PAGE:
The new material researchers have dubbed “bio-concrete” is made from American signal crayfish shells, and Japanese knotweed—both of which are problematic invasive species to the British Isles.
Researchers create bio-concrete from knotweed and crayfish shells
Central Saint Martins graduates Brigitte Kock and Irene Roca Moracia have collaborated to create concrete-like tiles that give new "economic and ecological" value to invasive species. The material for the tiles—which the researchers have dubbed “bio-concrete”—is made from Japanese knotweed and shells from American signal crayfish. These are among the non-native species that are causing the most ecological and economic damage in the UK. By adding value to them, Kock and Moracia hope to incentivise their removal and help restore local biodiversity. — Dezeen
The problem(s) with concrete
Concrete is a major contributor to the climate crisis because its production releases huge quantities of carbon dioxide into the atmosphere. Carbon dioxide and methane are the two greenhouse gas most responsible for global warming.
- The carbon dioxide emissions from the production of concrete are so high that if concrete were a country, it would be the third-largest emitter of CO2 behind China and the United States.
- Concrete is the most widely used artificial material in existence. The only thing we consume more of is water.
- Concrete currently accounts for about 8% of the carbon dioxide being emitted into the atmosphere, dwarfing the aviation industry’s contribution of 2.5%. Concrete’s contribution of CO2 is comparable to the entire agriculture industry, which is responsible for 9% of carbon emissions.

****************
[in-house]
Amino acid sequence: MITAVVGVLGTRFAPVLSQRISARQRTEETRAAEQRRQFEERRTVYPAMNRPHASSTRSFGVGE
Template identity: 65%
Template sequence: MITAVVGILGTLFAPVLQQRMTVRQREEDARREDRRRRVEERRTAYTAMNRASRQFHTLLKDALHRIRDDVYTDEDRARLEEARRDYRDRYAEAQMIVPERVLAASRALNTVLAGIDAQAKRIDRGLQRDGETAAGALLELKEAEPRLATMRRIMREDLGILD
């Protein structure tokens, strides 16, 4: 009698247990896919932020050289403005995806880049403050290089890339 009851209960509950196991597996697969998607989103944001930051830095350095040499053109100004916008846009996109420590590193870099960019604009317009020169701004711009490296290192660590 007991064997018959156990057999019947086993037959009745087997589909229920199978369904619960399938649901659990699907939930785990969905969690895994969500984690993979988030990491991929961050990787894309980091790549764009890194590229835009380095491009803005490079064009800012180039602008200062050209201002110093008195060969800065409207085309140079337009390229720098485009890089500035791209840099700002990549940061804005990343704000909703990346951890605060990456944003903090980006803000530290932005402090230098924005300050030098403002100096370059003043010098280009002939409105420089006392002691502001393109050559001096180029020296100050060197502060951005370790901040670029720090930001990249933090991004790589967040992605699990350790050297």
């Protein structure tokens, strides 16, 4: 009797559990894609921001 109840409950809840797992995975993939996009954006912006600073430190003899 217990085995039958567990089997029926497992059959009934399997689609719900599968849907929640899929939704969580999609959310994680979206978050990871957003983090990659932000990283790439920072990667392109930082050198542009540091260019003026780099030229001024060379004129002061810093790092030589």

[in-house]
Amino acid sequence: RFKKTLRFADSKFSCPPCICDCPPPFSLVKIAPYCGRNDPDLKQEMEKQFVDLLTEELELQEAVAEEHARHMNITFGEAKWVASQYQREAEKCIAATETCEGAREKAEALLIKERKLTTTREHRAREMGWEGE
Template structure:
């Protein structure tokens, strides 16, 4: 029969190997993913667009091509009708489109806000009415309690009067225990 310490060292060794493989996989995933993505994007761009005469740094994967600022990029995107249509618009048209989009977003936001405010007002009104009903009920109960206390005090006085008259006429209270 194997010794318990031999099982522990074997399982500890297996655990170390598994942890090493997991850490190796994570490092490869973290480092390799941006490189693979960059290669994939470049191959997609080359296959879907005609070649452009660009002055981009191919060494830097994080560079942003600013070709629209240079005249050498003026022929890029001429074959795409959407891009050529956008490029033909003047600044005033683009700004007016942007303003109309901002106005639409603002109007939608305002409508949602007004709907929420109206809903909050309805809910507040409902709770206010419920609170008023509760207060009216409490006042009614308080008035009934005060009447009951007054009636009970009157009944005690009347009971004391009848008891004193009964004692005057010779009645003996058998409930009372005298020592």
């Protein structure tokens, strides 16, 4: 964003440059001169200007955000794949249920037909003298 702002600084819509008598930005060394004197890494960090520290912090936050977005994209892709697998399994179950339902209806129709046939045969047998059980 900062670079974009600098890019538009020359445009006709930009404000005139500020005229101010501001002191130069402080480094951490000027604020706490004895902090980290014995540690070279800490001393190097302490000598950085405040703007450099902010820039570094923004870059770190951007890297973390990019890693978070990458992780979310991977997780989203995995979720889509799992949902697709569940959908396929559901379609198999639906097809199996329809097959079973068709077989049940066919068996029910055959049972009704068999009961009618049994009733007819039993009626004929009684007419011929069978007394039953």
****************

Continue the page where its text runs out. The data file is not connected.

- The central ingredient in concrete is cement, which is made by crushing limestone and clay and adding iron ore or ash. The mixture is heated in a kiln to more than 2,600 degrees Fahrenheit, a process that consumes vast quantities of fossil fuel.
- When heated, the calcium carbonate in limestone breaks into calcium oxide and carbon dioxide, which is released into the air. The calcium oxide is ground with limestone and gypsum to make cement. Half of the CO2 emissions in the production of concrete come from the reaction that breaks up the calcium carbonate and the other half from the fossil fuels required to heat the kilns and transport the materials.
The climate crisis is a complex problem, requiring simultaneous action in many areas, including concrete production.
10 WAYS TO MAKE YOUR CONSTRUCTION PROJECTS GREENER
The construction, operation and maintenance of the built environment accounts for 45% of total UK carbon emissions, with 10% down to the build, according to the UK Green Building Council. In addition, 32% of landfill waste comes from the construction and demolition of buildings and 13% of products delivered to construction sites are sent directly to landfill without having even being used. So how can those working in the industry identify construction methods with reduce the environmental impact? Read on to learn how project managers can make their work more sustainable.